Earth’s polar ice sheets — Greenland and Antarctica — are melting at a quickening pace, overtaking mountain glaciers and ice caps as sources of sea-level rise much sooner than cryosphere scientists expected.
Glaciologists for a few years now have been zeroing in on one of the biggest subjects of uncertainty in the 2007 United Nations climate report — the rate of future sea level rise and the melting of the planet’s ice. Now an 18-year study published in Geophysical Research Letters provides some answers.
Together, Greenland and Antarctica, are adding an average of 475 billion tons (2.2 trillion pounds) of water to the oceans, compared to 402 billion tons by mountain glaciers, the research team reports, and the ice sheet pace is accelerating at the rate of 36.3 billion tons a year.
Here is how lead author Eric Rignot of NASA’s Jet Propulsion Laboratory and the University of California in Irvine, describes the findings in a statement released by JPL:
“That ice sheets will dominate future sea level rise is not surprising — they hold a lot more ice mass than mountain glaciers. What is surprising is this increased contribution by the ice sheets is already happening. If present trends continue, sea level is likely to be significantly higher than levels projected by the United Nations Intergovernmental Panel on Climate Change in 2007. Our study helps reduce uncertainties in near-term projections of sea level rise.”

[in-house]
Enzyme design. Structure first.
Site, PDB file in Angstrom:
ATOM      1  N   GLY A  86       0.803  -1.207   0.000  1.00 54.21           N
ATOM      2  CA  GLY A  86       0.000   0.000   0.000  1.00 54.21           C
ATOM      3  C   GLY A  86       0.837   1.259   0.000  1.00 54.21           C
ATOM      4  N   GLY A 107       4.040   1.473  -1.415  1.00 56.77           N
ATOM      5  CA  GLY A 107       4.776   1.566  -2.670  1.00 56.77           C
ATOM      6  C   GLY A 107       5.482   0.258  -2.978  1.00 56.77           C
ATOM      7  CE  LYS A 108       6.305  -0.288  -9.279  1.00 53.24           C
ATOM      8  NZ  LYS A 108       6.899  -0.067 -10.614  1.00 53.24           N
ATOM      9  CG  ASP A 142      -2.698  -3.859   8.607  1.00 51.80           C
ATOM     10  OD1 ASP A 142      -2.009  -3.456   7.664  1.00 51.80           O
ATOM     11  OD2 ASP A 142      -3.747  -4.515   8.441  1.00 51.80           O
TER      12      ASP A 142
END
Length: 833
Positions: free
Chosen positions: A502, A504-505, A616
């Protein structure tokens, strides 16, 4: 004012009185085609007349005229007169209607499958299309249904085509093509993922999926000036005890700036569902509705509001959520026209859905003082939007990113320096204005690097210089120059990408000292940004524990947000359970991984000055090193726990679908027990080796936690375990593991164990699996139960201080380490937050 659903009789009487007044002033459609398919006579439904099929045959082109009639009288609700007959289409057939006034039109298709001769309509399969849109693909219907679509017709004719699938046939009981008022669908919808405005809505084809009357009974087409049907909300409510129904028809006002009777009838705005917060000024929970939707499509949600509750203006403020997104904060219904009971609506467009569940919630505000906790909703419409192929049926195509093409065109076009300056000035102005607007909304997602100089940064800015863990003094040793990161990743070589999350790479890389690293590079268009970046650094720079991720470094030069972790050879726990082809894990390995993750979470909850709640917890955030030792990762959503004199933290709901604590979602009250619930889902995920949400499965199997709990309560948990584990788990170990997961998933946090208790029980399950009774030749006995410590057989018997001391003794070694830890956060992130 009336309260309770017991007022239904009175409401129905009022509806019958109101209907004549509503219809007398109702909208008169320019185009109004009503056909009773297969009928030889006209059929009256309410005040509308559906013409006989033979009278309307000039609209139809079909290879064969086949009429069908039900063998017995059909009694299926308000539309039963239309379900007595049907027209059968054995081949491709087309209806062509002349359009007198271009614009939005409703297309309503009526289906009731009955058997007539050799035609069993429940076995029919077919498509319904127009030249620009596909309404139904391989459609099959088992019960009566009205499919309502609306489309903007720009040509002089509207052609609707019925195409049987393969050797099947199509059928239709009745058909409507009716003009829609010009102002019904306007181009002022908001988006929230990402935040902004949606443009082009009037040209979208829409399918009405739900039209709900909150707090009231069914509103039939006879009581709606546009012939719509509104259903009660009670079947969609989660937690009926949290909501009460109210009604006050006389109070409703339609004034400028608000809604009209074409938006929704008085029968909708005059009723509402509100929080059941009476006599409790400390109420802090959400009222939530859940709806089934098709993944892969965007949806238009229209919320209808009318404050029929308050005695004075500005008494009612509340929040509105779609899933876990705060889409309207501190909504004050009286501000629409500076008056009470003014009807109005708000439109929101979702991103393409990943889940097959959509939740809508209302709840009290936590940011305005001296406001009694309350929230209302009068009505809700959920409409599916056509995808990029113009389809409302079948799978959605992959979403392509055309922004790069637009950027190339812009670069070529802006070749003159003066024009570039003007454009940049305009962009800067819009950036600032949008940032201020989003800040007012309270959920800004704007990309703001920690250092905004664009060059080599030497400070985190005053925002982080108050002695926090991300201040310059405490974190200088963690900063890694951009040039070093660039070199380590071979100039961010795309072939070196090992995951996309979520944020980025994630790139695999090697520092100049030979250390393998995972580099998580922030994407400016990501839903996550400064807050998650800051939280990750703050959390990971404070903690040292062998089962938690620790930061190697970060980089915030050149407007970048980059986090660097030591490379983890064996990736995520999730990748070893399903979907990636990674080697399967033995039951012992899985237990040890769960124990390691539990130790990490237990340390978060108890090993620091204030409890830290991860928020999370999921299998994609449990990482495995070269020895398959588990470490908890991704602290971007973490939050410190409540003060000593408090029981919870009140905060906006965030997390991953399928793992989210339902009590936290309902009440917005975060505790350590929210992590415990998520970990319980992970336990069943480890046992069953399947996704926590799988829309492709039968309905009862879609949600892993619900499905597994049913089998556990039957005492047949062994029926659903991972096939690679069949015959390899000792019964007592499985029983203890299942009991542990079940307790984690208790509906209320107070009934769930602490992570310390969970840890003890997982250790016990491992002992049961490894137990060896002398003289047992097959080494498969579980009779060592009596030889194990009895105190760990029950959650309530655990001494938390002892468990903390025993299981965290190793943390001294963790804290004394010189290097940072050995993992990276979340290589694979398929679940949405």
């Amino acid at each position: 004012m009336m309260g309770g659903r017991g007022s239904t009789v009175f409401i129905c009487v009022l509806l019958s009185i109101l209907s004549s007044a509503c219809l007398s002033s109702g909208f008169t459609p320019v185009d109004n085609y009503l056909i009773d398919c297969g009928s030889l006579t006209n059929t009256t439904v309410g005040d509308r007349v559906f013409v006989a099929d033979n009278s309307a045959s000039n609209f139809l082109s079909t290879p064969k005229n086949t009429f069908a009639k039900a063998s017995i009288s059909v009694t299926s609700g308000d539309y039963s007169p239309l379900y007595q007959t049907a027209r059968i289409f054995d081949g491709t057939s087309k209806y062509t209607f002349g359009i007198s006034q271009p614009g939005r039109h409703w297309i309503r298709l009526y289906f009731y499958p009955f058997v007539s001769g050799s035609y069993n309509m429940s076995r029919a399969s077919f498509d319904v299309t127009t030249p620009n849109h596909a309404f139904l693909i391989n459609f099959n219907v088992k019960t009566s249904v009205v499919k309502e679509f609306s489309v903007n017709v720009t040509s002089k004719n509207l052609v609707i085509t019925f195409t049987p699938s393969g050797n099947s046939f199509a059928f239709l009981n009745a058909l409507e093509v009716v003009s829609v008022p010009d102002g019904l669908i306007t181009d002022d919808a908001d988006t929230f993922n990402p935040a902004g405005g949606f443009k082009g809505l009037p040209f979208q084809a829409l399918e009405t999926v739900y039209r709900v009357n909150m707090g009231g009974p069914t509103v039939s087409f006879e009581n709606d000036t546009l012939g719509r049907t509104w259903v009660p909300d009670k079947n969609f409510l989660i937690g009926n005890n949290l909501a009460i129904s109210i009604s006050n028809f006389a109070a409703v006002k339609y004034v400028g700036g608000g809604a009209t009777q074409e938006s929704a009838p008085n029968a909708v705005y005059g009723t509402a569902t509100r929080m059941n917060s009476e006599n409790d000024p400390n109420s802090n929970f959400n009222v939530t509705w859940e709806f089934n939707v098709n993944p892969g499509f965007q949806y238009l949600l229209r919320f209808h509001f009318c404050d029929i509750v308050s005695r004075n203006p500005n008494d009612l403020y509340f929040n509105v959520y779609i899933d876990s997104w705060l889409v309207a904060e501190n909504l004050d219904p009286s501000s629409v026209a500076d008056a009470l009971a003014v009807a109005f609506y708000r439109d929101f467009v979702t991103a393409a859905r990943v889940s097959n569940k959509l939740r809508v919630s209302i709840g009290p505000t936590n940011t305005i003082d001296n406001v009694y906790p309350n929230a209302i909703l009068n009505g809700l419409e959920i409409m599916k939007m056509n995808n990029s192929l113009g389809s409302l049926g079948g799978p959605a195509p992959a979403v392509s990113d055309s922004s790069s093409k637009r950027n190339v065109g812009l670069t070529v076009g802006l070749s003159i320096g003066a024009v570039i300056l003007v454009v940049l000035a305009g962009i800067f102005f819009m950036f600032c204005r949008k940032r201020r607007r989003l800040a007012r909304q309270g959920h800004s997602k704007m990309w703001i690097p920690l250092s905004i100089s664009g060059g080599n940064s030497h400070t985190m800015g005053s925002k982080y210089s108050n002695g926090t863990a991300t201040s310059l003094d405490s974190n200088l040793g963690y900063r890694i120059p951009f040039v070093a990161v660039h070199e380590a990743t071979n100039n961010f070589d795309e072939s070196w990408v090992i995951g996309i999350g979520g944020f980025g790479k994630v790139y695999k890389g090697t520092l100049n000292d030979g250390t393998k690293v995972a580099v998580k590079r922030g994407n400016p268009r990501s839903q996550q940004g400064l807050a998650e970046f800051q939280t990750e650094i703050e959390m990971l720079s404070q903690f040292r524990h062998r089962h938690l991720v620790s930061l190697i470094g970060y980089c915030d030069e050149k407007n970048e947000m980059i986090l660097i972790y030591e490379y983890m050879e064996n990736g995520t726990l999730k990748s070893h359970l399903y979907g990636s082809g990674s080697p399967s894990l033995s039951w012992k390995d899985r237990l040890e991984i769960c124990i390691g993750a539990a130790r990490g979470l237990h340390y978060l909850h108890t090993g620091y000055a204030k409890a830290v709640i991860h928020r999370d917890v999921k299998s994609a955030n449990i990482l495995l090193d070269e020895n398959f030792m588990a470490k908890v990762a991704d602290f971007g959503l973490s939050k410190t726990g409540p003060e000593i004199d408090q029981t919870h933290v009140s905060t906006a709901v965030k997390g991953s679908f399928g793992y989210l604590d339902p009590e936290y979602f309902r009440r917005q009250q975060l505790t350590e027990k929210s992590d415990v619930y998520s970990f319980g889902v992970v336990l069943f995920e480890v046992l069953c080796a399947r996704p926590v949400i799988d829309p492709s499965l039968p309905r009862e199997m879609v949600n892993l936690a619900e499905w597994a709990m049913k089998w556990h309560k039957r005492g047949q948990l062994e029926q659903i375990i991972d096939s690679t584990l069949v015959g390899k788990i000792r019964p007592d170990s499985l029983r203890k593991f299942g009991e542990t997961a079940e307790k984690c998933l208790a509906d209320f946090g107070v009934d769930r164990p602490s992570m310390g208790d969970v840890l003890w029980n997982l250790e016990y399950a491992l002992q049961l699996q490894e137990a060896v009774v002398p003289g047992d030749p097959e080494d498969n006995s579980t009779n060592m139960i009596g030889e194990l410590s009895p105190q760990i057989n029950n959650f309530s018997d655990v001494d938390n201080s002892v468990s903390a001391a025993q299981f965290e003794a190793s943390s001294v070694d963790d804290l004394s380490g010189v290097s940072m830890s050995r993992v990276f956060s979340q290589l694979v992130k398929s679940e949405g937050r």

For the first time, the new ice sheet mass-loss estimate combines data from two different international satellite-borne measurements with advanced regional atmospheric climate model data to produce what JPL describes as “a consistent record of ice mass changes since 1992.” Co-author Isabella Velicogna, also of JPL and UC Irvine, called it “a major achievement that the results agree so well.”
Over the 18 years of study, the team found that Greenland lost ice faster each year than the year before, by an average of 21.9 billion tons of ice. Antarctica’s year-over-year acceleration rate was measured at 14.5 billion tons.
If these rates continue for the next four decades, the researchers say, seas will rise a total of 12.6 inches by 2050 — 5.9 inches from ice sheets, 3.1 inches from mountain glaciers, and, because warmer water takes up more space than colder water, 3.5 inches is expected due to the thermal expansion of the warming ocean.
The numbers however are not indicative of where the effects will be seen. The ocean is warming more in some areas than it is in other areas and is already creating warm hills and cool valleys over the sea surface. Beaches along the cool valleys experience a drop in sea level rise, while other areas are inundated, and could experience rises higher than the total estimated sea level rise.
IMAGE 1: Store Glacier, western Greenland. CREDIT: Eric Rignot, NASA.
IMAGE 2-4: From animation created with data from NASA’s Gravity Recovery and Climate Experiment Satellite. CREDIT: NASA/JPL.